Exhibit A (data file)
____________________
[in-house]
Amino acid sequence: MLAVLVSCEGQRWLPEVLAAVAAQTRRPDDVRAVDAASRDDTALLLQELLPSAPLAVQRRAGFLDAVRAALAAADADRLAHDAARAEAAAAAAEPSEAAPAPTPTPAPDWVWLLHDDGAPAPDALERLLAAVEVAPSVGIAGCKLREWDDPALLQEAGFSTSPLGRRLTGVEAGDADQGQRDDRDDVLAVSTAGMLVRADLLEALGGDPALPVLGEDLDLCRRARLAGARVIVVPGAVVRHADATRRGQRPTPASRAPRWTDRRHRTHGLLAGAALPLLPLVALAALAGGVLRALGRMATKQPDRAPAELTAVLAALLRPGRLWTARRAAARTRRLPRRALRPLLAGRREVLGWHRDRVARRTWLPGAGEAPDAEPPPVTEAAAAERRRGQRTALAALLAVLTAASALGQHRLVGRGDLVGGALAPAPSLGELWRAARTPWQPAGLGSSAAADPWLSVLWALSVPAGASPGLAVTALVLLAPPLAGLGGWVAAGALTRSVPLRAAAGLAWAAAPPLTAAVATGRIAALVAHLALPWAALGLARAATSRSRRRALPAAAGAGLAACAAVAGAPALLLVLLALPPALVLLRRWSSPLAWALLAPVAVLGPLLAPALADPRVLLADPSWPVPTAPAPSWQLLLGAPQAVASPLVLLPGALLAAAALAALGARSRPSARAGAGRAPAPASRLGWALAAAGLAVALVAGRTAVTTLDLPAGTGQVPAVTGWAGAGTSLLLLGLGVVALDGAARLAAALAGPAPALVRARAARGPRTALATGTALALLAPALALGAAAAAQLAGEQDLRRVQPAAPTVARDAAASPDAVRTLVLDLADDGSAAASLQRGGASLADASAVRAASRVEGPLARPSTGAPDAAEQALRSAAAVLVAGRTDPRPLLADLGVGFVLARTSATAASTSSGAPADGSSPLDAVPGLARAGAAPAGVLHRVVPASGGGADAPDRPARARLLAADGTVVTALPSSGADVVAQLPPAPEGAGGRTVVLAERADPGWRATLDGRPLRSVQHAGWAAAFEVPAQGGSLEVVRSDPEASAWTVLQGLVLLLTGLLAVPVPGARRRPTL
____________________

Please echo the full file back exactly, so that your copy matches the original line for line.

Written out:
[in-house]
Amino acid sequence: MLAVLVSCEGQRWLPEVLAAVAAQTRRPDDVRAVDAASRDDTALLLQELLPSAPLAVQRRAGFLDAVRAALAAADADRLAHDAARAEAAAAAAEPSEAAPAPTPTPAPDWVWLLHDDGAPAPDALERLLAAVEVAPSVGIAGCKLREWDDPALLQEAGFSTSPLGRRLTGVEAGDADQGQRDDRDDVLAVSTAGMLVRADLLEALGGDPALPVLGEDLDLCRRARLAGARVIVVPGAVVRHADATRRGQRPTPASRAPRWTDRRHRTHGLLAGAALPLLPLVALAALAGGVLRALGRMATKQPDRAPAELTAVLAALLRPGRLWTARRAAARTRRLPRRALRPLLAGRREVLGWHRDRVARRTWLPGAGEAPDAEPPPVTEAAAAERRRGQRTALAALLAVLTAASALGQHRLVGRGDLVGGALAPAPSLGELWRAARTPWQPAGLGSSAAADPWLSVLWALSVPAGASPGLAVTALVLLAPPLAGLGGWVAAGALTRSVPLRAAAGLAWAAAPPLTAAVATGRIAALVAHLALPWAALGLARAATSRSRRRALPAAAGAGLAACAAVAGAPALLLVLLALPPALVLLRRWSSPLAWALLAPVAVLGPLLAPALADPRVLLADPSWPVPTAPAPSWQLLLGAPQAVASPLVLLPGALLAAAALAALGARSRPSARAGAGRAPAPASRLGWALAAAGLAVALVAGRTAVTTLDLPAGTGQVPAVTGWAGAGTSLLLLGLGVVALDGAARLAAALAGPAPALVRARAARGPRTALATGTALALLAPALALGAAAAAQLAGEQDLRRVQPAAPTVARDAAASPDAVRTLVLDLADDGSAAASLQRGGASLADASAVRAASRVEGPLARPSTGAPDAAEQALRSAAAVLVAGRTDPRPLLADLGVGFVLARTSATAASTSSGAPADGSSPLDAVPGLARAGAAPAGVLHRVVPASGGGADAPDRPARARLLAADGTVVTALPSSGADVVAQLPPAPEGAGGRTVVLAERADPGWRATLDGRPLRSVQHAGWAAAFEVPAQGGSLEVVRSDPEASAWTVLQGLVLLLTGLLAVPVPGARRRPTL